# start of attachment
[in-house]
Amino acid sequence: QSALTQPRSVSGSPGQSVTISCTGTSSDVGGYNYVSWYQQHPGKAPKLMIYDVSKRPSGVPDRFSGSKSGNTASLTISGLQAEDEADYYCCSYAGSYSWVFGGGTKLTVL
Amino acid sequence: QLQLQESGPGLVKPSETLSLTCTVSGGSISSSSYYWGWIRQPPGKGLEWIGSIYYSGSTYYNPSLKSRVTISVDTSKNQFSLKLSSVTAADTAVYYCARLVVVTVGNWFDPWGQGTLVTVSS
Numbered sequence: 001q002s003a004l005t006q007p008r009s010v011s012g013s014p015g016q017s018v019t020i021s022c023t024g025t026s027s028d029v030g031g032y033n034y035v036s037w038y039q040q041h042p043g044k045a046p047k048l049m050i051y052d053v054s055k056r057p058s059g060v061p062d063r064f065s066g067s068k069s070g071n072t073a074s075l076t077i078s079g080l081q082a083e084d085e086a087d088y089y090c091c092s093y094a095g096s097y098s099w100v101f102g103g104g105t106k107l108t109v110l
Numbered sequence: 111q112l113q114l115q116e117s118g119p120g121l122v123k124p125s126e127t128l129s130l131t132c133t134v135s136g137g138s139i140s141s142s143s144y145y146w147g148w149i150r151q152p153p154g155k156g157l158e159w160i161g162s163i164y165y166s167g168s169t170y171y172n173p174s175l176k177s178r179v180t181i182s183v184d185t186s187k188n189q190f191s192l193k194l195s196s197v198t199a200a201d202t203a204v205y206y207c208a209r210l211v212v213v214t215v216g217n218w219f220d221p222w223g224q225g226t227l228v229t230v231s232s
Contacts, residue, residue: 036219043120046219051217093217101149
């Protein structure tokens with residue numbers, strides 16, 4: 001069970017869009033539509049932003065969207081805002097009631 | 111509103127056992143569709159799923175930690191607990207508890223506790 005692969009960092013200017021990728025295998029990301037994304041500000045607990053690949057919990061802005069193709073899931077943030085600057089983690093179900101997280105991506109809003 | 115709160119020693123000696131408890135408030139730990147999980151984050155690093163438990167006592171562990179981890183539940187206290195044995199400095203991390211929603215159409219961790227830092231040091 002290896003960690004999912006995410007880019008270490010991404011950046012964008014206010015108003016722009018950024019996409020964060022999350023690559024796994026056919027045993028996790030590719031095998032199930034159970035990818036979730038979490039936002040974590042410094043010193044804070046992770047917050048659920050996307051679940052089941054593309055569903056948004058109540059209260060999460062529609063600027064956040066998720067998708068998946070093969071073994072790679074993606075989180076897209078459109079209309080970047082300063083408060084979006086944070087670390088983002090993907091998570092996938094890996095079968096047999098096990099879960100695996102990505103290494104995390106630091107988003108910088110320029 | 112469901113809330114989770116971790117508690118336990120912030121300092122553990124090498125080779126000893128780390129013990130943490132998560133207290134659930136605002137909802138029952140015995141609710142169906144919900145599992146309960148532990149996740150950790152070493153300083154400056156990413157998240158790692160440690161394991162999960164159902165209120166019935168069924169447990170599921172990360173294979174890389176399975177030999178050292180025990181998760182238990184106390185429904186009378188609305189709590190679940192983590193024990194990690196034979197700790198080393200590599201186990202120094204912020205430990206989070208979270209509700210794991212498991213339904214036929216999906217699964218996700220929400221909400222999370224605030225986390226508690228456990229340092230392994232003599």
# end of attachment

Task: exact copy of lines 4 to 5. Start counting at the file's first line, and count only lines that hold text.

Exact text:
Numbered sequence: 001q002s003a004l005t006q007p008r009s010v011s012g013s014p015g016q017s018v019t020i021s022c023t024g025t026s027s028d029v030g031g032y033n034y035v036s037w038y039q040q041h042p043g044k045a046p047k048l049m050i051y052d053v054s055k056r057p058s059g060v061p062d063r064f065s066g067s068k069s070g071n072t073a074s075l076t077i078s079g080l081q082a083e084d085e086a087d088y089y090c091c092s093y094a095g096s097y098s099w100v101f102g103g104g105t106k107l108t109v110l
Numbered sequence: 111q112l113q114l115q116e117s118g119p120g121l122v123k124p125s126e127t128l129s130l131t132c133t134v135s136g137g138s139i140s141s142s143s144y145y146w147g148w149i150r151q152p153p154g155k156g157l158e159w160i161g162s163i164y165y166s167g168s169t170y171y172n173p174s175l176k177s178r179v180t181i182s183v184d185t186s187k188n189q190f191s192l193k194l195s196s197v198t199a200a201d202t203a204v205y206y207c208a209r210l211v212v213v214t215v216g217n218w219f220d221p222w223g224q225g226t227l228v229t230v231s232s